Venezuelan president Nicolas Maduro has extended the date upon which significant changes to the government and state administration will be announced.
He has also revealed plans for a “fiscal revolution” as part of a series of major economic reforms currently being designed for the second half of this year.
The proposed “shakeup” comes as the country experiences on-going economic problems, which include an overvalued currency and pressures on state currency controls, widespread product shortages, and annual inflation topping 60%. The government also weathered a wave of mainly middle and upper class protests and violent street barricades earlier this year which left 43 dead.
Maduro initially said that the “shakeup” of his government would take place in the first half of July; however the changes will now be announced in mid-August.
The president explained the extension is necessary due to the large number of proposals for improving the government’s performance that had been submitted by the presidential State Council and local branches of the governing United Socialist Party of Venezuela (PSUV).
The postponement will allow the Venezuelan president to present planned reforms to party activists at the PSUV’s national congress, which will take place from 26 – 29 July.
Speaking on his weekly radio show on Tuesday, Maduro said that he would lead “a shakeup of the functioning of the old bourgeois state…to lay down the solid bases of a new state which is truly democratic, efficient, effective, [and] on course to socialism. The time has arrived”.
According to the Venezuelan president, part of this task involves closely examining the work of each of the government’s 30 ministries.
“I’m going to undertake a complete revision of the system of government; ministry by ministry, minister by minister, the whole structure: how it works, how budgets are implemented, how each plan advances,” he told listeners.
Maduro also announced that his government is planning to change taxation laws as part of a “fiscal revolution” to increase income from taxation.
The reform would be part of a set of changes to governmental economic policies being planned in response to current economic problems and to achieve stability.
In order to boost international reserves, streamline imports, and increase national production, the government plans to collapse the multi-tiered currency exchange system into one fixed rate, centralise off-budget funds, “optimise” public spending, and reduce state subsidies to domestic gasoline, among other measures.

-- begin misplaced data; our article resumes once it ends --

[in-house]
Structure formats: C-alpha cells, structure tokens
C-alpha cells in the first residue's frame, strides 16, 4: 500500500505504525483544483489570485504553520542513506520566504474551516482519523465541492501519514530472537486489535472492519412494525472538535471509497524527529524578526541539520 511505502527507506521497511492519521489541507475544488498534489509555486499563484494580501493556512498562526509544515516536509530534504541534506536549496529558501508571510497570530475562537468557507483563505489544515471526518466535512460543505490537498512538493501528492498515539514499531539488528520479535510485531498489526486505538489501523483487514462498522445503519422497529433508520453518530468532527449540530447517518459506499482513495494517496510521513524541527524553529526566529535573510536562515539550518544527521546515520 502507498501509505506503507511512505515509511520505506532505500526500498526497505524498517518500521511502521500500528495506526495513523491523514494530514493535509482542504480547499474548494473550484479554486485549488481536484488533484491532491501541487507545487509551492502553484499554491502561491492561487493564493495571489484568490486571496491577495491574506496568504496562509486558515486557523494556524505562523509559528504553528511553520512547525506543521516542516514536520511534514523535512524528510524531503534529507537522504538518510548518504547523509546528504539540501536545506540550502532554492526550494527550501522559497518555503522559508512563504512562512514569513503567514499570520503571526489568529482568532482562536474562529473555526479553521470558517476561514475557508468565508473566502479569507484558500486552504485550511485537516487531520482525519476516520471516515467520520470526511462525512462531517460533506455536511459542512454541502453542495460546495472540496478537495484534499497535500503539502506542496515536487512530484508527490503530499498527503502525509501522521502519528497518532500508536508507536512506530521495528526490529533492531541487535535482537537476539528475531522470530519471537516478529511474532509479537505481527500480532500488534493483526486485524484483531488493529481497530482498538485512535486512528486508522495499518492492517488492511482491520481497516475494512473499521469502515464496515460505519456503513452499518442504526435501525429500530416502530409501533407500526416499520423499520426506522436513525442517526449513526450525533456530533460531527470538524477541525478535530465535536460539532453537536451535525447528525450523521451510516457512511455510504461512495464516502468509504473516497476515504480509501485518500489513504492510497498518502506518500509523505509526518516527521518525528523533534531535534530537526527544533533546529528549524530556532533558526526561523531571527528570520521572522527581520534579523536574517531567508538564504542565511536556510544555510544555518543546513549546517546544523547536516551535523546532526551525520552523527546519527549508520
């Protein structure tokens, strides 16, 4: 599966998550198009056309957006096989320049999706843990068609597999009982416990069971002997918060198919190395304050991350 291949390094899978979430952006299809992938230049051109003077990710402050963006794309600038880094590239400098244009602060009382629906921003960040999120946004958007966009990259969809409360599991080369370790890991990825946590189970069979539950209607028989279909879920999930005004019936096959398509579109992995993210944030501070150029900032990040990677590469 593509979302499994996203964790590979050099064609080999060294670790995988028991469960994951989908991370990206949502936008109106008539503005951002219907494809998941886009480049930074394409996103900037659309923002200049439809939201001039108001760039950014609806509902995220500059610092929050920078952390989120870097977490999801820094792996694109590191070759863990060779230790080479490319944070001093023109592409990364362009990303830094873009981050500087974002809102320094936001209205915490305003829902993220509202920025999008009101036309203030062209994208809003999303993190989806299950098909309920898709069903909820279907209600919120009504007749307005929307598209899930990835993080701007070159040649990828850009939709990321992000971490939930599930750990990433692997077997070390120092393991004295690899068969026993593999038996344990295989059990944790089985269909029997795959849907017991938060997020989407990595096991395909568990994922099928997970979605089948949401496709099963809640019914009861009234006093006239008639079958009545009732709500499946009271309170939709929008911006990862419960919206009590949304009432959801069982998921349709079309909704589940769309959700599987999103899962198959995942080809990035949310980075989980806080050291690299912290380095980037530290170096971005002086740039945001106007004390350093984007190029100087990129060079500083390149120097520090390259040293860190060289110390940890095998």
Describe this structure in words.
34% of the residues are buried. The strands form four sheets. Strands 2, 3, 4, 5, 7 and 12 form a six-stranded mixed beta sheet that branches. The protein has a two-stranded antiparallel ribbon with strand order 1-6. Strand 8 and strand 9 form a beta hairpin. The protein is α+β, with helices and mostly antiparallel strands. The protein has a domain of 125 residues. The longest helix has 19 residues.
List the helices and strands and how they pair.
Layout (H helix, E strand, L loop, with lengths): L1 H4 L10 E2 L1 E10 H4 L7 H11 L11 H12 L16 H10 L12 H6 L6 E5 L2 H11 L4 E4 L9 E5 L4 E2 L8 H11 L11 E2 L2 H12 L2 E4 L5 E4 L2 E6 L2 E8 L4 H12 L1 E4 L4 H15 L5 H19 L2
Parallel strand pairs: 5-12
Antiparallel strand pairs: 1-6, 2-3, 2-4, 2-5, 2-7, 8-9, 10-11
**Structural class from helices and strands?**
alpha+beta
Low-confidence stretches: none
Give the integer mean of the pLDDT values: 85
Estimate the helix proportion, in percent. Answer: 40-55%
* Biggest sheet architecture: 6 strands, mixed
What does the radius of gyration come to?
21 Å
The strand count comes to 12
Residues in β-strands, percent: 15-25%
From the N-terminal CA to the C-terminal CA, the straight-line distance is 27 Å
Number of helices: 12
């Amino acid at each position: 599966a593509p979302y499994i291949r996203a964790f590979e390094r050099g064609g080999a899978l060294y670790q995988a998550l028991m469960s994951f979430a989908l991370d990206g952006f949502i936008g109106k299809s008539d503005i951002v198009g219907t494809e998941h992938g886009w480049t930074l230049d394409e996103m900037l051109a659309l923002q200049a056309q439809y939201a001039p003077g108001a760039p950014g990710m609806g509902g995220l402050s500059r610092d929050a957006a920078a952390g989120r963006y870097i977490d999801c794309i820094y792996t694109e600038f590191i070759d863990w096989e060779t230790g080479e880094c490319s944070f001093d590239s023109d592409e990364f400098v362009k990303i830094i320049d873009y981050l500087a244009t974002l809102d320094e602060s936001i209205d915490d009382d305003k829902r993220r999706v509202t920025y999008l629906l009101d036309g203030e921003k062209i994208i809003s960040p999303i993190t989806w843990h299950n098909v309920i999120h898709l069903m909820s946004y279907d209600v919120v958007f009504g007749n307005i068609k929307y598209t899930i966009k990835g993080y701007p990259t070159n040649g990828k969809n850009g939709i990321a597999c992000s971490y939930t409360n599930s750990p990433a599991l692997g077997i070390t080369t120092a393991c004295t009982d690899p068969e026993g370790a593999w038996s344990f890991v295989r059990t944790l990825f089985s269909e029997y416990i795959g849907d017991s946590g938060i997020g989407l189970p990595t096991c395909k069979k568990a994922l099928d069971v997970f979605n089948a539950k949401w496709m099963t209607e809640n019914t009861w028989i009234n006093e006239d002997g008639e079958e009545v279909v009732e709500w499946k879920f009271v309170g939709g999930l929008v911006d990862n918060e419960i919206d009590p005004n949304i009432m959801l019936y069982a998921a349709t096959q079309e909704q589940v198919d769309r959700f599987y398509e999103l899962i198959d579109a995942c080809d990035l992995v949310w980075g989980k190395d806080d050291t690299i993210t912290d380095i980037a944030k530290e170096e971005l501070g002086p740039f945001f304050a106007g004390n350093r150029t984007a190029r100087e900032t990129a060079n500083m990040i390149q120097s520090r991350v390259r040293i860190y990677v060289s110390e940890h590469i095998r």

On Tuesday the Venezuelan president also revealed that officials will conduct a full audit of the use of foreign currency granted to companies for imports in the first half of this year. The audit is meant to ensure that businesses have not misused dollars purchased at the official exchange rate.
Under state currency controls, companies and individuals are granted permission to buy a certain amount of dollars at the official exchange rate each year, for travel, study and imports. Those who want to buy more must resort to the parallel or “black” market, where foreign currency is more expensive.
The controls have been in place since 2003 and are meant to prevent capital flight and aid economic planning. However the system has also been accused of facilitating corruption and hindering economic growth. A speculative activity has emerged whereby those with access to official-rate dollars can sell these on the black market for a profit, rather than using the dollars for the intended purpose such as importation or production.
In May last year the then president of the Venezuelan Central Bank, Edmee Betacourt, estimated that up to a third of dollars authorised for companies through state currency controls in 2012 had been granted to sources of “artificial demand”, including so called “ghost companies”. If true, this could mean that $20 billion of the $59 billion granted to companies by the government that year is currently unaccounted for.
Currency controls have since been tightened. A new state body has been created to administer the controls, while the list of companies approved for access to preferential currency purchases has been “purified”. Companies must also sign a contract pledging to use preferential dollars for the stated purpose.
On Tuesday Maduro reaffirmed his commitment to further reforming currency controls, stating his hope that if national production can be increased, then the amount of foreign currency granted for imports could be reduced by 20 – 30%.
“We need to achieve the creation of a stable currency exchange system and to invest foreign currency in production,” he argued.
According to Venezuelan daily Ultimas Noticias, the country’s largest business organisations have indicated their willingness to be audited, and say that companies which misuse official rate dollars should be struck from the list of those approved for access to foreign currency.
However some business groups have criticised the government for allegedly also restricting access to legitimate companies this year, arguing that this is one of the causes of shortages in the economy.
“The problem is that so far this year they [the government] haven’t approved us practically anything, and all our affiliates are shutting down,” said David Fihman, president of the Venezuelan Textiles Association.
The government affirms that current polices and planned reforms are part of an on-going “economic offensive” aimed to ensuring “production, supply and fair prices”.